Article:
The Italian Financial Corps (Guardia di Finanza), the German Duisburg Police (Polizei Duisburg) and the Swiss Police of the Canton of Lucerne (Kantonspolizei Luzern), supported by Europol and Eurojust, dismantled a criminal network involved in fraud with public funds. The fraud was perpetrated through the use of so-called ‘white’ energy efficiency certificates, with criminals then laundering the illicit proceeds.
The action day on 23 September 2021 led to:
- 20 arrests (4 in Germany, 15 in Italy and 1 in Switzerland)
- Assets valued at up to €41 million were frozen, including bank accounts, financial assets, real estate and cryptocurrency
€27 million defrauded from energy efficiency funds
Between 2016 and 2020, the criminal network illegally obtained certifications for energy efficiency (“white” certificates), while receiving subsidies through fictitious projects. The so-called TEE certificates are attributed for energy efficiency by the national Italian regulators. The suspects used fake invoices as support documents, while requesting subsidies from the Italian authorities. In total, the criminal network illegally obtained about €27 million in subsidies from nationally distributed funds. Then, they transferred the illicit proceeds to bank accounts in Germany, Switzerland and other European countries.
The payments were made based on fictitious invoices, purporting to show transactions such as the acquisition of solar panels. The criminal profits were then withdrawn and the cash transported back to Italy, while a percentage went to an affiliated money-laundering network. The suspects used that scheme to launder more than €14 million. Investigators identified 113 individuals suspected to be involved in this criminal scheme.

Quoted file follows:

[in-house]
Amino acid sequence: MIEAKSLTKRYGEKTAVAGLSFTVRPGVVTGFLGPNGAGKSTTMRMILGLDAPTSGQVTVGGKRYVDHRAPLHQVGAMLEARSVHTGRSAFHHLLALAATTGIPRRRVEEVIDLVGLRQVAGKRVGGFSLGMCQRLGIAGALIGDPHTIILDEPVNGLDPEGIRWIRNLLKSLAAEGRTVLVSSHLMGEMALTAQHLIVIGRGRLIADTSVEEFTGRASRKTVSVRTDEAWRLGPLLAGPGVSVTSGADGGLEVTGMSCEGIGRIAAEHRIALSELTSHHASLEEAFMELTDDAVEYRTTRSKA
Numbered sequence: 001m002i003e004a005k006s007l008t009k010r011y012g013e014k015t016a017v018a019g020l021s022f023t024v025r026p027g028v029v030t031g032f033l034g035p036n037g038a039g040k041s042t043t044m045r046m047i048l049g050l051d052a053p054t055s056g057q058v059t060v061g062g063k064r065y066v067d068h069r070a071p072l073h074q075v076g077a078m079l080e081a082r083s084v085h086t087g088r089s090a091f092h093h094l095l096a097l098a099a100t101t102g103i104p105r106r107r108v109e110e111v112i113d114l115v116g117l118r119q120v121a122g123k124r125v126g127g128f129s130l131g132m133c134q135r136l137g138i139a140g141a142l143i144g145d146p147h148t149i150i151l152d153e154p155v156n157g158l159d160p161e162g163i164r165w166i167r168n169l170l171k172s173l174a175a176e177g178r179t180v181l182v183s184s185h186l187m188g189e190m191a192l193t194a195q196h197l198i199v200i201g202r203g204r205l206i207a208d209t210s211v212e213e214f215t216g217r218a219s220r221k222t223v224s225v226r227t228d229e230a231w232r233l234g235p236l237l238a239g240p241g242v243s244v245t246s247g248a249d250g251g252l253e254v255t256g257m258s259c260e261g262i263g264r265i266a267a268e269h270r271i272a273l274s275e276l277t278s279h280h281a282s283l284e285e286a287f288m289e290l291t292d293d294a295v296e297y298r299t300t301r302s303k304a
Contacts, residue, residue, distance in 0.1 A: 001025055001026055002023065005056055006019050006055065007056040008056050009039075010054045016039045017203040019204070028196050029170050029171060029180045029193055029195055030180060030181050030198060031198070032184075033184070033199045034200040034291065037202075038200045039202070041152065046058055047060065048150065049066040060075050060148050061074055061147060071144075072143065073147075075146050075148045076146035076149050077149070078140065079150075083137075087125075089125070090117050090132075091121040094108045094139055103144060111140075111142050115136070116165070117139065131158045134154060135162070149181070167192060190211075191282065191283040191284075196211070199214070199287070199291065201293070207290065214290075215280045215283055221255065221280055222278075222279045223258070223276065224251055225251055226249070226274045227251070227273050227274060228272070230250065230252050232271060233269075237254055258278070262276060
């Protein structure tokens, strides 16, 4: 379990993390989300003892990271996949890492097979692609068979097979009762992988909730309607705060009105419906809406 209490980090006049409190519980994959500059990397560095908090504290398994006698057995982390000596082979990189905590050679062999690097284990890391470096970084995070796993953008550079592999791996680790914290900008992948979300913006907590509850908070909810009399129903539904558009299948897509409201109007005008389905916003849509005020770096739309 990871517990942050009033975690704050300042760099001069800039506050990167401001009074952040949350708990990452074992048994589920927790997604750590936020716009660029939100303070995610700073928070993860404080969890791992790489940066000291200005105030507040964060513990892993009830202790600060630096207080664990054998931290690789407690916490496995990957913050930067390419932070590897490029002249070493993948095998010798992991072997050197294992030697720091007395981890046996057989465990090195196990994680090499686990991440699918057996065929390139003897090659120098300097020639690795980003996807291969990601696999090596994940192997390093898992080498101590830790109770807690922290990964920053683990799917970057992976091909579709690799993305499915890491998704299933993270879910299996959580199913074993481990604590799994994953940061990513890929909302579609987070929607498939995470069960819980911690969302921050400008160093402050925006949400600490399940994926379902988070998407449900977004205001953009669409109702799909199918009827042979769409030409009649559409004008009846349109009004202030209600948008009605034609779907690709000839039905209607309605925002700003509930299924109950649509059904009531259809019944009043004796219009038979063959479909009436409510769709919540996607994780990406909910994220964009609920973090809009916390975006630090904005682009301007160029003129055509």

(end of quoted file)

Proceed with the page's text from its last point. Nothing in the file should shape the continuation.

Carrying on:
Analysis and technical expertise to support fraud investigations
Europol supported the operational activities, facilitated the exchange of information and provided analytical support. During the action day, Europol provided real-time analytical support from its headquarters, cross-checking operational information against Europol’s databases and thus providing leads to investigators in the field. Europol also deployed two forensic experts to Germany to provide technical support to investigators from the national authorities.
Europol recently created the European Financial and Economic Crime Centre (EFECC) to increase synergies between economic and financial investigations and to strengthen its ability to support law enforcement authorities in effectively combating this major criminal threat.
Headquartered in The Hague, the Netherlands, Europol supports the 27 EU Member States in their fight against terrorism, cybercrime, and other serious and organised crime forms. Europol also works with many non-EU partner states and international organisations. From its various threat assessments to its intelligence-gathering and operational activities, Europol has the tools and resources it needs to do its part in making Europe safer.